When you look at all of this together, it means that people need to be careful what they tweet! I would have hoped that the last couple of weeks had made that quite clear! My thanks to Professor Alastair Mullis in the preparation of this blog post.

Twitter/DataSift – an early ICO response

I’ve just received a response from the ICO to my initial question about whether or not they were investigating the Twitter/DataSift issue (about which I’ve just blogged here)

This is the full response (set down here with the permission of Dr Simon Rice of the ICO)



David Smith passed on your email regarding Twitter/DataSift.

The ICO is aware of an arrangement between Twitter and some third-parties which permits access to a greater volume of Tweets than would normally be accessible through the website or API. Insofar as they are required to comply with UK law both Twitter and these third-parties would need to ensure that they remain compliant with the DPA and PECR for the processing undertaken with such data.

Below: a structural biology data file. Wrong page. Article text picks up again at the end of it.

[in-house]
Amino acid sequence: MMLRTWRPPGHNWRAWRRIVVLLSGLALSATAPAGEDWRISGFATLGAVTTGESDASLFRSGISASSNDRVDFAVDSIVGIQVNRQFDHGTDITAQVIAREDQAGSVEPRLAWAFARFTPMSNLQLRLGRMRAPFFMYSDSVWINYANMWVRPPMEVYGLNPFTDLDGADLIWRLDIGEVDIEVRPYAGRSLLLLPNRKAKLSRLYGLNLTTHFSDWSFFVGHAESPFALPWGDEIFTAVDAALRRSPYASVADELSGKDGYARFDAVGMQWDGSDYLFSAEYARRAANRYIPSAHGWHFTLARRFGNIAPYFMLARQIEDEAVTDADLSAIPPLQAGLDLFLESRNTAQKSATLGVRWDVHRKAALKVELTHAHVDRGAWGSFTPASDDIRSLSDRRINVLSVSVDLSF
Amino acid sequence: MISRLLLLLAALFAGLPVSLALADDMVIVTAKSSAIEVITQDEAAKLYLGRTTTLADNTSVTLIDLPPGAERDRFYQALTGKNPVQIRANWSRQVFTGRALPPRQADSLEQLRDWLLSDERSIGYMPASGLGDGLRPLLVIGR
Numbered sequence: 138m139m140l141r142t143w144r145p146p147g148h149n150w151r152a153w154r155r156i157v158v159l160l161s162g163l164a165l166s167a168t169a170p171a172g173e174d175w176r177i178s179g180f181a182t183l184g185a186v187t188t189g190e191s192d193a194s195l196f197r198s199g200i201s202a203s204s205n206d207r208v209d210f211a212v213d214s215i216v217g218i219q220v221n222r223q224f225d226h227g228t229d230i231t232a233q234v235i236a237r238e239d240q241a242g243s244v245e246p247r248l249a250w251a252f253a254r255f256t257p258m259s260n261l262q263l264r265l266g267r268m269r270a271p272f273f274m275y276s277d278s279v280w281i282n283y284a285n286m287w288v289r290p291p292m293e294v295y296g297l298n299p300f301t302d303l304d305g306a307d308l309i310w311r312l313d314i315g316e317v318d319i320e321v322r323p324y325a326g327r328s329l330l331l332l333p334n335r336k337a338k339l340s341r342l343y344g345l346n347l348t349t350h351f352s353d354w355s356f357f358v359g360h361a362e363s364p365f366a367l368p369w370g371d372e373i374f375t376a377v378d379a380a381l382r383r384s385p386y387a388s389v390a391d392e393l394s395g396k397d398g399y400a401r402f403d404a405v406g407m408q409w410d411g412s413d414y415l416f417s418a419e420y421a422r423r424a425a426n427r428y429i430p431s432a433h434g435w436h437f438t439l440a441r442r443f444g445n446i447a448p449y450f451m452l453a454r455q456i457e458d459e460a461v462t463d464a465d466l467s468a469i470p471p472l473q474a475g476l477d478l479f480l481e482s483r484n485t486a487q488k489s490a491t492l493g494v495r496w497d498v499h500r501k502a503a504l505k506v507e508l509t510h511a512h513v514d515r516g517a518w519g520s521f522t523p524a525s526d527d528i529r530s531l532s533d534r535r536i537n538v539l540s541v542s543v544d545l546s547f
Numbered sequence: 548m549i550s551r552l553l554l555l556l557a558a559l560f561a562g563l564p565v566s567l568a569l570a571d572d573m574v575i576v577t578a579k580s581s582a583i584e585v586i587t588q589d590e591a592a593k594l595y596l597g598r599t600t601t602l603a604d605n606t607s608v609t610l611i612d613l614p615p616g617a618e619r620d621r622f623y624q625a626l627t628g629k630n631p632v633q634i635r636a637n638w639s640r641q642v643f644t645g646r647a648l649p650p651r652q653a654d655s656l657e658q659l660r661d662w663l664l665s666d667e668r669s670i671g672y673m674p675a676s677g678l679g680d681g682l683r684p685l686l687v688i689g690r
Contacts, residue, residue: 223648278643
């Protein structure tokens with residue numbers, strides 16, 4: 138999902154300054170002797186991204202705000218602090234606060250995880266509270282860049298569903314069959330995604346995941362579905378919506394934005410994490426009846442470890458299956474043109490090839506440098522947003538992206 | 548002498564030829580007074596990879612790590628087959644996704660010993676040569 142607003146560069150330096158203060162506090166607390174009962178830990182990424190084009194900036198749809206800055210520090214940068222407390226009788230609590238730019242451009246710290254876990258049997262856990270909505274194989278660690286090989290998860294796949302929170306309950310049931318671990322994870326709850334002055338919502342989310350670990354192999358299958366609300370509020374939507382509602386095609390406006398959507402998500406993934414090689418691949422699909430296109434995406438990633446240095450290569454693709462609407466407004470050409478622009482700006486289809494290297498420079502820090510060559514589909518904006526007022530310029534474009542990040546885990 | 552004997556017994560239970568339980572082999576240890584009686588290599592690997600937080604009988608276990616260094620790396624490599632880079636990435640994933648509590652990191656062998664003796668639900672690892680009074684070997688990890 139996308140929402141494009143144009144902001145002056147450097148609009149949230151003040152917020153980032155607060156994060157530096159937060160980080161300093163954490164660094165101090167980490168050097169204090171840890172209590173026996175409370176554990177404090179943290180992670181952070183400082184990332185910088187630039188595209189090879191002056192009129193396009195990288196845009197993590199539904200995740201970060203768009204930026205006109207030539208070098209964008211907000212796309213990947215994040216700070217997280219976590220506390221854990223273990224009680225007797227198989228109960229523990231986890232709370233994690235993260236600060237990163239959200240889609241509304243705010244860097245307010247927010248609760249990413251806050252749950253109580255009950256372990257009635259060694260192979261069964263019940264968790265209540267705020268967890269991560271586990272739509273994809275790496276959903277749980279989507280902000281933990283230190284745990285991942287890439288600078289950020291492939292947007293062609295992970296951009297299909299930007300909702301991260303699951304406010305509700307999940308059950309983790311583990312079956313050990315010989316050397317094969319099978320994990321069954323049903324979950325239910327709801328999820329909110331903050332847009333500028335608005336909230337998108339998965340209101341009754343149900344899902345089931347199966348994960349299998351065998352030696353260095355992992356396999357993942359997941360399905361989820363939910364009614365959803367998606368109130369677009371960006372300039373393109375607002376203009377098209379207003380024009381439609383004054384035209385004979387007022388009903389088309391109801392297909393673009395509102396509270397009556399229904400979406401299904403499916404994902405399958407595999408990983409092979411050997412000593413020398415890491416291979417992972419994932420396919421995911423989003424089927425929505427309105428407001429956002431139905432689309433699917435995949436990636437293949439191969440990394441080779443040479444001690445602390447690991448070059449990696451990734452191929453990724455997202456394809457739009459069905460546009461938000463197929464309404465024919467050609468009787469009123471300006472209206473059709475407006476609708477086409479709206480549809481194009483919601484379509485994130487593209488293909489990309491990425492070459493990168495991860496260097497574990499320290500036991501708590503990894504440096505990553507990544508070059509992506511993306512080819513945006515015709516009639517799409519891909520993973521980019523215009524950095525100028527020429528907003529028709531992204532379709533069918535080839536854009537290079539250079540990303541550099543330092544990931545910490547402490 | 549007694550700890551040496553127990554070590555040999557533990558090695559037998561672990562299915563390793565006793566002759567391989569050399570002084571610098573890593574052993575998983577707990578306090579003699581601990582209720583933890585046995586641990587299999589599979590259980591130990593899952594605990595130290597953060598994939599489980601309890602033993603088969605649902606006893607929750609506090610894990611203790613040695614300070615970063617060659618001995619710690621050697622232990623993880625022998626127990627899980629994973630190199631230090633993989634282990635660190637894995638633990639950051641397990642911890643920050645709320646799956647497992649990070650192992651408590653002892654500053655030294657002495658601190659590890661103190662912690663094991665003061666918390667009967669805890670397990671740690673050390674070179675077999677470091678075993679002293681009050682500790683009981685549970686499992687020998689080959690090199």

The report linked to from your blog suggests that the data is used for purposes of thematic analysis and not for direct marketing or otherwise attempting to identify the users of the Twitter accounts. This is important because clearly a third party learning that I might be interested in their products and marketing me on that basis still needs to comply with the rules on marketing and still needs to justify why they are holding personal data relating to me; on the other hand, a third party which analyses the mass of tweets to infer that their efforts are best focussed on a particular demographic or geographical area might not face the same compliance problems. Then, of course, there are the mass of third parties whose activities lie somewhere in the middle.